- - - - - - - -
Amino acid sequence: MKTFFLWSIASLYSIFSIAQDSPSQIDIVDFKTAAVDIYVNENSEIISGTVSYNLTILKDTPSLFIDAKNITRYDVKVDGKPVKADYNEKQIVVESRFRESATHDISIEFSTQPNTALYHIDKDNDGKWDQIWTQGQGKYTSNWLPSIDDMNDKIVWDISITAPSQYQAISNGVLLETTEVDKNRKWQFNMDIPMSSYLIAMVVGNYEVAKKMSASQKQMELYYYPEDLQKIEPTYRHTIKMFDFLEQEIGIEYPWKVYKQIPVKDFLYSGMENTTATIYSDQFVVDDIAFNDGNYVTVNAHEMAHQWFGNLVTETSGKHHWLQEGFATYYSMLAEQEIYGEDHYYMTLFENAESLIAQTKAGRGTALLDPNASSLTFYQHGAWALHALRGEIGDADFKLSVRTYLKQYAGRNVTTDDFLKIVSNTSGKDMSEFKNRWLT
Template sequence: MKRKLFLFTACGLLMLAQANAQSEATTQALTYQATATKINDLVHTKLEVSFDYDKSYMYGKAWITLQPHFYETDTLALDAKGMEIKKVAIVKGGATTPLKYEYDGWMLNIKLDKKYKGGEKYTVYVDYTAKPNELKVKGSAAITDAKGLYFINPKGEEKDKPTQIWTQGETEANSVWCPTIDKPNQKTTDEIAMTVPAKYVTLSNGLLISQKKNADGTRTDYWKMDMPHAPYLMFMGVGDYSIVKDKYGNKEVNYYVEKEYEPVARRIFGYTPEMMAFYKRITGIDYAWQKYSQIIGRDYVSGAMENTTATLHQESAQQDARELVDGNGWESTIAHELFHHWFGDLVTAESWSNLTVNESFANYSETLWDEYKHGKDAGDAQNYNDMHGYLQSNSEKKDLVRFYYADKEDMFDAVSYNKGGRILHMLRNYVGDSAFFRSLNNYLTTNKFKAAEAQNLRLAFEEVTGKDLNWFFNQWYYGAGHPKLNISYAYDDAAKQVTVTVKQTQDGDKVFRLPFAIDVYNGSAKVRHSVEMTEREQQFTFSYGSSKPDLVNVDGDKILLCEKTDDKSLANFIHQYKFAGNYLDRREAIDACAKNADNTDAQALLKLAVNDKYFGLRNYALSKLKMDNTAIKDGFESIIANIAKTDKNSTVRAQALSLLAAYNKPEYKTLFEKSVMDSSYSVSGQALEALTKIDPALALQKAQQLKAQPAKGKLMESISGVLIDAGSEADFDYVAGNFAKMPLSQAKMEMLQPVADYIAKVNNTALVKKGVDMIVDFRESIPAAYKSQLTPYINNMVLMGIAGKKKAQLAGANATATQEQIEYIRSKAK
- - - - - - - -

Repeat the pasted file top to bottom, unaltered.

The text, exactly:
Amino acid sequence: MKTFFLWSIASLYSIFSIAQDSPSQIDIVDFKTAAVDIYVNENSEIISGTVSYNLTILKDTPSLFIDAKNITRYDVKVDGKPVKADYNEKQIVVESRFRESATHDISIEFSTQPNTALYHIDKDNDGKWDQIWTQGQGKYTSNWLPSIDDMNDKIVWDISITAPSQYQAISNGVLLETTEVDKNRKWQFNMDIPMSSYLIAMVVGNYEVAKKMSASQKQMELYYYPEDLQKIEPTYRHTIKMFDFLEQEIGIEYPWKVYKQIPVKDFLYSGMENTTATIYSDQFVVDDIAFNDGNYVTVNAHEMAHQWFGNLVTETSGKHHWLQEGFATYYSMLAEQEIYGEDHYYMTLFENAESLIAQTKAGRGTALLDPNASSLTFYQHGAWALHALRGEIGDADFKLSVRTYLKQYAGRNVTTDDFLKIVSNTSGKDMSEFKNRWLT
Template sequence: MKRKLFLFTACGLLMLAQANAQSEATTQALTYQATATKINDLVHTKLEVSFDYDKSYMYGKAWITLQPHFYETDTLALDAKGMEIKKVAIVKGGATTPLKYEYDGWMLNIKLDKKYKGGEKYTVYVDYTAKPNELKVKGSAAITDAKGLYFINPKGEEKDKPTQIWTQGETEANSVWCPTIDKPNQKTTDEIAMTVPAKYVTLSNGLLISQKKNADGTRTDYWKMDMPHAPYLMFMGVGDYSIVKDKYGNKEVNYYVEKEYEPVARRIFGYTPEMMAFYKRITGIDYAWQKYSQIIGRDYVSGAMENTTATLHQESAQQDARELVDGNGWESTIAHELFHHWFGDLVTAESWSNLTVNESFANYSETLWDEYKHGKDAGDAQNYNDMHGYLQSNSEKKDLVRFYYADKEDMFDAVSYNKGGRILHMLRNYVGDSAFFRSLNNYLTTNKFKAAEAQNLRLAFEEVTGKDLNWFFNQWYYGAGHPKLNISYAYDDAAKQVTVTVKQTQDGDKVFRLPFAIDVYNGSAKVRHSVEMTEREQQFTFSYGSSKPDLVNVDGDKILLCEKTDDKSLANFIHQYKFAGNYLDRREAIDACAKNADNTDAQALLKLAVNDKYFGLRNYALSKLKMDNTAIKDGFESIIANIAKTDKNSTVRAQALSLLAAYNKPEYKTLFEKSVMDSSYSVSGQALEALTKIDPALALQKAQQLKAQPAKGKLMESISGVLIDAGSEADFDYVAGNFAKMPLSQAKMEMLQPVADYIAKVNNTALVKKGVDMIVDFRESIPAAYKSQLTPYINNMVLMGIAGKKKAQLAGANATATQEQIEYIRSKAK